We’ve all seen the hashtags: #Sayhisname, #blacklivesmatter, #iftheygunnedmedown. We’ve all heard their names. Michael Brown, Trayvon Martin, Tamir Rice, Eric Garner, and Freddie Gray are the prominent few [GN1] in a long list of unarmed black men whose lives were taken too soon.
Based on Christopher Demos-Brown’s Broadway play of the same name, “American Son” brings a powerful dialogue surrounding race and police brutality to the big screen. The entire film takes place in a small Florida police precinct. Kendra, portrayed by Kerry Washington, and Scott, portrayed by Steven Pasquale, are there to figure out the whereabouts of their missing son.
The dialogue encapsulates the everyday fear that black mothers feel when they watch their sons walk out the door each morning. Will he be next? There’s no real reason someone would view my son as threatening or “thuggish”? Is today the day I get a call, and just like that he’s gone?
Being a black woman I tend to greatly appreciate films that discuss race and specifically police brutality. Art —— especially television and film —— when rep- resenting a powerful narrative can disseminate messages to a large audience, shifting attitudes and ideals.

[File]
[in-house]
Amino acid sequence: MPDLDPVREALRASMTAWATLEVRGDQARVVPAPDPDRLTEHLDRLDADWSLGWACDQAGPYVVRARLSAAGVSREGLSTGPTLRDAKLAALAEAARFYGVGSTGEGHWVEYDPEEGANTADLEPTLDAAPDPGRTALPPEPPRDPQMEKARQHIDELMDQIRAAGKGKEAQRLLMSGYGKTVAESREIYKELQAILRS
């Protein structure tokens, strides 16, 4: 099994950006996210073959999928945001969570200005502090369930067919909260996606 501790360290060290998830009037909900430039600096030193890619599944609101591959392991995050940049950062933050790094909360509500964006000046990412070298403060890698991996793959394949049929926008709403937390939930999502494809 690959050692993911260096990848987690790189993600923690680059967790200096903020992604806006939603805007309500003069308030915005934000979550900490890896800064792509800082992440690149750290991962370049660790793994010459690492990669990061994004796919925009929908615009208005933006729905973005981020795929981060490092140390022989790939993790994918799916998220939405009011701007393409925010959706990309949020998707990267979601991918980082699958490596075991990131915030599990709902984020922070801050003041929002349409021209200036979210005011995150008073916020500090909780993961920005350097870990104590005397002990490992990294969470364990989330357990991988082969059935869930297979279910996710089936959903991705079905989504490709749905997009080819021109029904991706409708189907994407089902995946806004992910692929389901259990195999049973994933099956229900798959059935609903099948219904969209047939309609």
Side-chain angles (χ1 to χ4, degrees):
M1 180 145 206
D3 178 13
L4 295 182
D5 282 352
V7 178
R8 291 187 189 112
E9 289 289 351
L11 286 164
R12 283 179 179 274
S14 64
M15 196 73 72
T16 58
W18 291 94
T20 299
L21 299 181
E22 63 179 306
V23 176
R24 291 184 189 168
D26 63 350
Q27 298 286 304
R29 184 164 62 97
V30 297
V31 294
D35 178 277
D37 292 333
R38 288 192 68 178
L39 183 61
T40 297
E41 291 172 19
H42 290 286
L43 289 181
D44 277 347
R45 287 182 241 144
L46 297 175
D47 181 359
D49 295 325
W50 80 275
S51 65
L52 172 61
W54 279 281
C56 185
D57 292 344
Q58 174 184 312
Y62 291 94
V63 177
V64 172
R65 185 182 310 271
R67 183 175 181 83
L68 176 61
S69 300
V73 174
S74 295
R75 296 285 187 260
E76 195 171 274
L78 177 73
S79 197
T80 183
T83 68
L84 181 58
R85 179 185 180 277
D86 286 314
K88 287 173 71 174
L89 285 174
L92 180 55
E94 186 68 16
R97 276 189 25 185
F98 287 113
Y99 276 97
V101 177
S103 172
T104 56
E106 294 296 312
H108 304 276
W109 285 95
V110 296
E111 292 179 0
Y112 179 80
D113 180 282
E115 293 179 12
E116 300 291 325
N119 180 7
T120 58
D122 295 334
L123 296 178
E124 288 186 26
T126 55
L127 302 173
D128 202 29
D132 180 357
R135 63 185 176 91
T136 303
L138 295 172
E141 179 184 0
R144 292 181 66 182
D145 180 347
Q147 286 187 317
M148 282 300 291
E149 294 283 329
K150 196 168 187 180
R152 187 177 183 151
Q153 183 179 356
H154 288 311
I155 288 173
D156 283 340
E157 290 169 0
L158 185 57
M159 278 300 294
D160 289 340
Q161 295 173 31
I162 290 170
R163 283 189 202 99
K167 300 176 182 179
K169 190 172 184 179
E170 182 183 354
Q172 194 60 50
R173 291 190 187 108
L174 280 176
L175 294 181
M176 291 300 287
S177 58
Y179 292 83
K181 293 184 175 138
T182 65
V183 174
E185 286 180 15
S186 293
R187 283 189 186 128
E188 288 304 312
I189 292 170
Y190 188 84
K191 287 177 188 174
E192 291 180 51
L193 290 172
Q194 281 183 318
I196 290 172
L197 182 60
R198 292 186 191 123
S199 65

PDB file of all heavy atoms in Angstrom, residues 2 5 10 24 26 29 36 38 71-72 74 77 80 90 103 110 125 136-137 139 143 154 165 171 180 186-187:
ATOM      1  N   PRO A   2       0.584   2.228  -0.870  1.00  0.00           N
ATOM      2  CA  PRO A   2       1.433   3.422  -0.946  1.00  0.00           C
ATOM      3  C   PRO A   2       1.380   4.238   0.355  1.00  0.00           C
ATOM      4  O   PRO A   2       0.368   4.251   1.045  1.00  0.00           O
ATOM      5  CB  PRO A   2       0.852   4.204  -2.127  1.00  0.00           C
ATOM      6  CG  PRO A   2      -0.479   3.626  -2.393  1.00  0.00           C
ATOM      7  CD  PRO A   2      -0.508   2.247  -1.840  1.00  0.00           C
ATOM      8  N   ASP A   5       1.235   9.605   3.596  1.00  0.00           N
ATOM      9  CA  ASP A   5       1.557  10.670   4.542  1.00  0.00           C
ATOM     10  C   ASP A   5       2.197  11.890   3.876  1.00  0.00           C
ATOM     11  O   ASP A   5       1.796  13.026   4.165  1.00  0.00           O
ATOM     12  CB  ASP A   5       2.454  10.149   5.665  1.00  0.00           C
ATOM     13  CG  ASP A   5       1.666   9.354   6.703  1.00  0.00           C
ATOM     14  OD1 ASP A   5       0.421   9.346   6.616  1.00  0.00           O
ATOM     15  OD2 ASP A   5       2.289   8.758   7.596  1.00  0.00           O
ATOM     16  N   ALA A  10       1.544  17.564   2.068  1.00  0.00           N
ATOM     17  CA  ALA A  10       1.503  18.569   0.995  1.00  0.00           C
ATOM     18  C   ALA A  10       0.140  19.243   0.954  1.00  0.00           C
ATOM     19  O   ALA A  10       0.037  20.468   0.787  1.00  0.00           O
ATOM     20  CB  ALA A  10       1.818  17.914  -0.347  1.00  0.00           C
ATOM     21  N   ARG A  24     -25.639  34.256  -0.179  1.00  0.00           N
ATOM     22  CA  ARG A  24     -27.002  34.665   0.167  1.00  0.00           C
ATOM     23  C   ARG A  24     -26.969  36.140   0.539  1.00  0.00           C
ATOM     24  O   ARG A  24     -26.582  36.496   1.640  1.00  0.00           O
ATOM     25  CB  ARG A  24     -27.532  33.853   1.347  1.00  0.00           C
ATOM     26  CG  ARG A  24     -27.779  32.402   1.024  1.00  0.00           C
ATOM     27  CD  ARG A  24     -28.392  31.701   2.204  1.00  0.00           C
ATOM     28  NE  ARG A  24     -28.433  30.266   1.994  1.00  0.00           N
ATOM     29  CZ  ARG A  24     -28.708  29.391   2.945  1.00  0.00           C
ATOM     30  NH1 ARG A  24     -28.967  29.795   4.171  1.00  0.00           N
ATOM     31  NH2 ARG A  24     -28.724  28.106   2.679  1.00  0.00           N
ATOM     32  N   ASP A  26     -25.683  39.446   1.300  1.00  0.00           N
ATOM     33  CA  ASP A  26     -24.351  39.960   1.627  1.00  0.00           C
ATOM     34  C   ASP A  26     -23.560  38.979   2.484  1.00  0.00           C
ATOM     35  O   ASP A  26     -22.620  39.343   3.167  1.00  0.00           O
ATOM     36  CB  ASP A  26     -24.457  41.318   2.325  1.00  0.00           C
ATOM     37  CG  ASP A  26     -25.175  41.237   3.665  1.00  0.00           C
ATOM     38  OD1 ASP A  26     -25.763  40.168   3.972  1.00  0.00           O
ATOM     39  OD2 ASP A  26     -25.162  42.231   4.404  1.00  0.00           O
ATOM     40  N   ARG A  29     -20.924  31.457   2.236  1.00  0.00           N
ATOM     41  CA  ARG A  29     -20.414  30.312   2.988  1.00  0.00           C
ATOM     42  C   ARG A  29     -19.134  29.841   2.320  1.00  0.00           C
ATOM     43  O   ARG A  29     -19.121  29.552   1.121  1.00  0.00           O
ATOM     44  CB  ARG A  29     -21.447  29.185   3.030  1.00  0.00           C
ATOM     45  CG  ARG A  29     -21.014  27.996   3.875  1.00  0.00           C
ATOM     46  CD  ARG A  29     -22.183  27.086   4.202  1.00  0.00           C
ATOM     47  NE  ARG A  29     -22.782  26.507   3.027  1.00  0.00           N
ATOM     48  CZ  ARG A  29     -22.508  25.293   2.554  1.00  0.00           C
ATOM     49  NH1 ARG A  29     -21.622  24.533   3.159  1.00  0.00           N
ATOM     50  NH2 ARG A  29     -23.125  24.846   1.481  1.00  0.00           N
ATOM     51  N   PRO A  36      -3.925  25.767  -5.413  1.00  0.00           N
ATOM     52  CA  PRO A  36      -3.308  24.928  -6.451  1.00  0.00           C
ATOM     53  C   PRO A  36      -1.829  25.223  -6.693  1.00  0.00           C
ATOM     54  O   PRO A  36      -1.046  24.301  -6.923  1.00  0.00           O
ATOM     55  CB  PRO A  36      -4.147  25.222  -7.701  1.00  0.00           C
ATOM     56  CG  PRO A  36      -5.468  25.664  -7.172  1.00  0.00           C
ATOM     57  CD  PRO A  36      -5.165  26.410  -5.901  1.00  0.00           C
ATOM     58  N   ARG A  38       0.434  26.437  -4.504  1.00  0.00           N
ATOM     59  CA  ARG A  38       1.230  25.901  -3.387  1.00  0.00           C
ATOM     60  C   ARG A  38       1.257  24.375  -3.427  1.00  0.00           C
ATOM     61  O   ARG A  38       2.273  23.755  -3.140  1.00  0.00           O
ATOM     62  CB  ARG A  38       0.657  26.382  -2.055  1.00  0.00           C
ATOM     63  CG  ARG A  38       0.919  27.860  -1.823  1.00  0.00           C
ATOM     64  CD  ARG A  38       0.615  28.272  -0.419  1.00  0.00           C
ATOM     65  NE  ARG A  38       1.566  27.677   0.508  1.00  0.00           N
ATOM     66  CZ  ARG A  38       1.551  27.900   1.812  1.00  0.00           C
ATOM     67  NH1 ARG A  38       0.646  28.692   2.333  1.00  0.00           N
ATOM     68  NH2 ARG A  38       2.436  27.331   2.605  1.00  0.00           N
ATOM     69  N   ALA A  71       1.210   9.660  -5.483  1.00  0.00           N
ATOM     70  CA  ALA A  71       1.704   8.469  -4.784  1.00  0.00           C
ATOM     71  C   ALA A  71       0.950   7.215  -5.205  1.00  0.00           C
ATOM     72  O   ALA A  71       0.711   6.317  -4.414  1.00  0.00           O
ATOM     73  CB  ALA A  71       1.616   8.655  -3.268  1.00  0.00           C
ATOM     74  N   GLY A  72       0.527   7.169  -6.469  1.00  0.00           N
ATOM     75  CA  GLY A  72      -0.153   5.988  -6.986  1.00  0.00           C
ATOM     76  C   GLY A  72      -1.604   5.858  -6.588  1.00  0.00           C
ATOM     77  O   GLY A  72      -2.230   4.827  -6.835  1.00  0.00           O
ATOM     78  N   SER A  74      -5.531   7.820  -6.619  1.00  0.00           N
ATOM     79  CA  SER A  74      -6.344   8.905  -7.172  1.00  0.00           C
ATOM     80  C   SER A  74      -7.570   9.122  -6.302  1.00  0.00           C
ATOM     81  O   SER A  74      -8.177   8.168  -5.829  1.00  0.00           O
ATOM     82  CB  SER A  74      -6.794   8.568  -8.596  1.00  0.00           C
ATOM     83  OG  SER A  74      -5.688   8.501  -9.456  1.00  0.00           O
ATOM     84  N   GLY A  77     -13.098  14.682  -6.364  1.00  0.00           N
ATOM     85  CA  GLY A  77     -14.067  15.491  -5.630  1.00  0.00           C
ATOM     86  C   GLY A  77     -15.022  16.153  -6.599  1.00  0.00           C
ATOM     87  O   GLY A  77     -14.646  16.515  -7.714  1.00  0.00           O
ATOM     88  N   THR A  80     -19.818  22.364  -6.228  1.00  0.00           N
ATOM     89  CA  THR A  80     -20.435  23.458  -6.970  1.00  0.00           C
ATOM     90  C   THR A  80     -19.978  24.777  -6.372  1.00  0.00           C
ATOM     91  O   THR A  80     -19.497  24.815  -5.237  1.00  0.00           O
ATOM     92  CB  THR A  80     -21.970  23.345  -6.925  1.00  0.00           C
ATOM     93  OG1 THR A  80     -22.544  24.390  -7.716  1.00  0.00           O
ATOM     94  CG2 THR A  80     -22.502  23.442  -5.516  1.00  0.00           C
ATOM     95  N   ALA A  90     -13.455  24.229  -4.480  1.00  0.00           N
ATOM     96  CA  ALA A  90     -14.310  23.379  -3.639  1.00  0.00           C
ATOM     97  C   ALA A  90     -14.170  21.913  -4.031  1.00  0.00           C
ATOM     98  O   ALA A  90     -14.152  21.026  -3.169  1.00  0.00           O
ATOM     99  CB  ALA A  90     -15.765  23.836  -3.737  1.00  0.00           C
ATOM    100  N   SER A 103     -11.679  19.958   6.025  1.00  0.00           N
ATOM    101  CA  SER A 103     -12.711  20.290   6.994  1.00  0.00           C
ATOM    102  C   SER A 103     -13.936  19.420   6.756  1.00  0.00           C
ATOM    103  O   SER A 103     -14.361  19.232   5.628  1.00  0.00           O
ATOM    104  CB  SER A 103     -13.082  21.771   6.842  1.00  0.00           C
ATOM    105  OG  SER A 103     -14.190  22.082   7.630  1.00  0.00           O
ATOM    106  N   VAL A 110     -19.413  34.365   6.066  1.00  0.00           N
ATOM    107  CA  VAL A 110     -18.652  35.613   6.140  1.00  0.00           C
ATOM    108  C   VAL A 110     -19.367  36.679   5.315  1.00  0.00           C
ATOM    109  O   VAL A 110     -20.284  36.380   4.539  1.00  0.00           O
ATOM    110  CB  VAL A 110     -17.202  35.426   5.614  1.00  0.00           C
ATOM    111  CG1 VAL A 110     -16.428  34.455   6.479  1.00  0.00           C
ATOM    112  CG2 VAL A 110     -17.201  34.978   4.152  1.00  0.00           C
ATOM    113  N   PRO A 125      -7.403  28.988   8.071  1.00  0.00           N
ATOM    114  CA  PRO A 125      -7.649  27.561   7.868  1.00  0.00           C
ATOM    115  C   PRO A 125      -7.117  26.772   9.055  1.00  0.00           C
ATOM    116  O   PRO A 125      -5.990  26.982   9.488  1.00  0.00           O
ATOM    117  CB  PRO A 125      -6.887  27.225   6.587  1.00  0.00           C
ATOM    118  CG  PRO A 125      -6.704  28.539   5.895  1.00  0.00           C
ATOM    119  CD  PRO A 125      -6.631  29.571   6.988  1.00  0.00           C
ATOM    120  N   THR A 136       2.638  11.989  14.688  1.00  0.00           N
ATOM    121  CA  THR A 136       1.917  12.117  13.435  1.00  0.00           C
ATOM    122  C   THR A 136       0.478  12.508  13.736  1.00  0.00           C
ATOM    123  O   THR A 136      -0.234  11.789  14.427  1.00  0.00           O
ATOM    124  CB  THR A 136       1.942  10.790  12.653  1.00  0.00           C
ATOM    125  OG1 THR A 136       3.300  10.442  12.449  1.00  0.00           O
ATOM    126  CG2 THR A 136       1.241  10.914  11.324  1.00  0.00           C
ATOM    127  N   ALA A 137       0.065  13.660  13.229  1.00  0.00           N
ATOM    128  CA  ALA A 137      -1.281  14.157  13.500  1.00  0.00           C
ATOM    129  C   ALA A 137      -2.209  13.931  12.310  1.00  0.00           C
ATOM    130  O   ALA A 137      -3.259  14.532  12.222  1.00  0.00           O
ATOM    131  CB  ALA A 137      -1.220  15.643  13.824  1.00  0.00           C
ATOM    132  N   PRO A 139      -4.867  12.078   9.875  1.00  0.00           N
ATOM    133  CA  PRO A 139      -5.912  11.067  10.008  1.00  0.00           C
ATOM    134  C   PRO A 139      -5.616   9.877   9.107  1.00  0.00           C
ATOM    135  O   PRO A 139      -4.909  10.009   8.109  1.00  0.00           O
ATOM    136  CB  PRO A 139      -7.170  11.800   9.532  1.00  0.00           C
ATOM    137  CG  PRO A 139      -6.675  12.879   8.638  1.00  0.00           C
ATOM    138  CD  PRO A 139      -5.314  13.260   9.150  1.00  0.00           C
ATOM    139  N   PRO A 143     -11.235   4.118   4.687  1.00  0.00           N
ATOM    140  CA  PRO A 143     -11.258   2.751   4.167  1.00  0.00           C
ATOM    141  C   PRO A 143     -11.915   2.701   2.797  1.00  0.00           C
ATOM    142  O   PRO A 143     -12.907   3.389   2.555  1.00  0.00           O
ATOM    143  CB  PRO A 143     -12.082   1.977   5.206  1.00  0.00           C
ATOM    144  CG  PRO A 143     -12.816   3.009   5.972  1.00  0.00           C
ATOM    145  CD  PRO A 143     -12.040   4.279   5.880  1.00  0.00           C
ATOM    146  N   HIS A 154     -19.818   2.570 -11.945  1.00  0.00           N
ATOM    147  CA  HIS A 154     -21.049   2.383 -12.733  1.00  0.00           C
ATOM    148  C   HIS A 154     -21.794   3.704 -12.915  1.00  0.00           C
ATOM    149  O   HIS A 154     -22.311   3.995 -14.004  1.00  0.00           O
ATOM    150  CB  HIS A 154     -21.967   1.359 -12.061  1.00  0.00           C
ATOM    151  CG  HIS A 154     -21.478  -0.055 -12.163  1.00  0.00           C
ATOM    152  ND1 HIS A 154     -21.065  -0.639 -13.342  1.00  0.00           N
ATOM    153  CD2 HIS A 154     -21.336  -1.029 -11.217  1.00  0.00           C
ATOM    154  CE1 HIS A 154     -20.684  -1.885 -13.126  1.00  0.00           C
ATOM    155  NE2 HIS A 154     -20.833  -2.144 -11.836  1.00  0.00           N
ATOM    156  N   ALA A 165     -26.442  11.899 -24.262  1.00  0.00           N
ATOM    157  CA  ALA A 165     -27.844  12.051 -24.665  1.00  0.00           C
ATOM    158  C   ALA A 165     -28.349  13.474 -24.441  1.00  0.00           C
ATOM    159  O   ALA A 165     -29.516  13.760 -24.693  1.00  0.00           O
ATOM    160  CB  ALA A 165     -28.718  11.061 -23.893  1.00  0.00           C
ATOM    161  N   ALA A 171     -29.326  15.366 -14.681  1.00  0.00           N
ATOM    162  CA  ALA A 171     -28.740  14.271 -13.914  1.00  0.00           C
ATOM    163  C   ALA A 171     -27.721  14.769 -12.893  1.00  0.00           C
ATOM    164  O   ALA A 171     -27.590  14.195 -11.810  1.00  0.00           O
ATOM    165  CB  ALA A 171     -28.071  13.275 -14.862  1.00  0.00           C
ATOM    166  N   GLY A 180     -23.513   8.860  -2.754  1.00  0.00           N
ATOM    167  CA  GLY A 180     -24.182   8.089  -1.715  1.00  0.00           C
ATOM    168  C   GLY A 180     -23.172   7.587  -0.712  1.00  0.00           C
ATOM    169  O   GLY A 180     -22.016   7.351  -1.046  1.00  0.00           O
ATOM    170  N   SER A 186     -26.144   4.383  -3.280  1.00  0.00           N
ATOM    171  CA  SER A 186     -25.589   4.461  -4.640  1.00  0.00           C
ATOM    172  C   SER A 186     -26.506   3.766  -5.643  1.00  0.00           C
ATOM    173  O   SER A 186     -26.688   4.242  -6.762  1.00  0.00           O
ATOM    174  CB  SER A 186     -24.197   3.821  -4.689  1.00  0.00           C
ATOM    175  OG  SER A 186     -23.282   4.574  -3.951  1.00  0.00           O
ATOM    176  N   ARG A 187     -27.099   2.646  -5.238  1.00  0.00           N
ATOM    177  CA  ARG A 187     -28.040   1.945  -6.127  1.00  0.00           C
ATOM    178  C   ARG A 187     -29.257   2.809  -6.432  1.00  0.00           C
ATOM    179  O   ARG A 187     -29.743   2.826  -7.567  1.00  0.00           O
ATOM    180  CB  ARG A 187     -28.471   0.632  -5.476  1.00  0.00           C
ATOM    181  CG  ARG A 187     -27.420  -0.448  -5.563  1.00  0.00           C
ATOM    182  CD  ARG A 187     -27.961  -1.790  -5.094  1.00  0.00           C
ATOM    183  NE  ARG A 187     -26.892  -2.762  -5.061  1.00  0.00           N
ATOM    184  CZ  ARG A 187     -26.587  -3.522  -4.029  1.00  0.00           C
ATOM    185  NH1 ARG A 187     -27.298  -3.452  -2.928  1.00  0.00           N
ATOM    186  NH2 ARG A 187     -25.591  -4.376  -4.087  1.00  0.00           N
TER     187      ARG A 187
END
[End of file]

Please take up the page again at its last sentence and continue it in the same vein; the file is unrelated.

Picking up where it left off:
It wasn’t until the 2010’s that the black experience finally started to be properly portrayed in the media. It’s often criticized that the most popular black narratives depicted within film are ones that deal with slavery, Jim Crow laws, the civil rights movement, desegregation and Martin Luther King Jr.
Yes, movies such as “The Help”, “12 Years a Slave”, “Django Unchained” and “Selma” are necessary to document the systemic oppression built into the fabric of this country, but there need to be more films like “American Son” that tackle modern-day systematic oppression.
Additionally, it wrestles with the idea of what it means to be mixed race in America, and the push and pull between appearing black on the outside and having to immerse yourself in a predominantly white institution.
The son, who is never portrayed in the film, attended one of the top private schools in his state and was meant to start at West Point in the fall. His mother constantly stresses the fact he felt the need to be the “face of race” and struggled to find his own identity after his father walked out on him.
Being a black woman at Seattle University, at times, I tend to feel a certain way about being isolated from a larger community. The film covers this topic gracefully with Kerry Washington passionately venting to Pasquale’s character about the frustrations that society has hastily thrust upon her son.
With everything the film touched on and considering it takes place on one set there wasn’t a boring moment. It’s not a subtle film — it immediately thrusts you into the anxiety and panic black mothers of black sons feel every day. It’s powerful, it’s real and it’s necessary to stimulate change.
— London Jones, Staff Reporter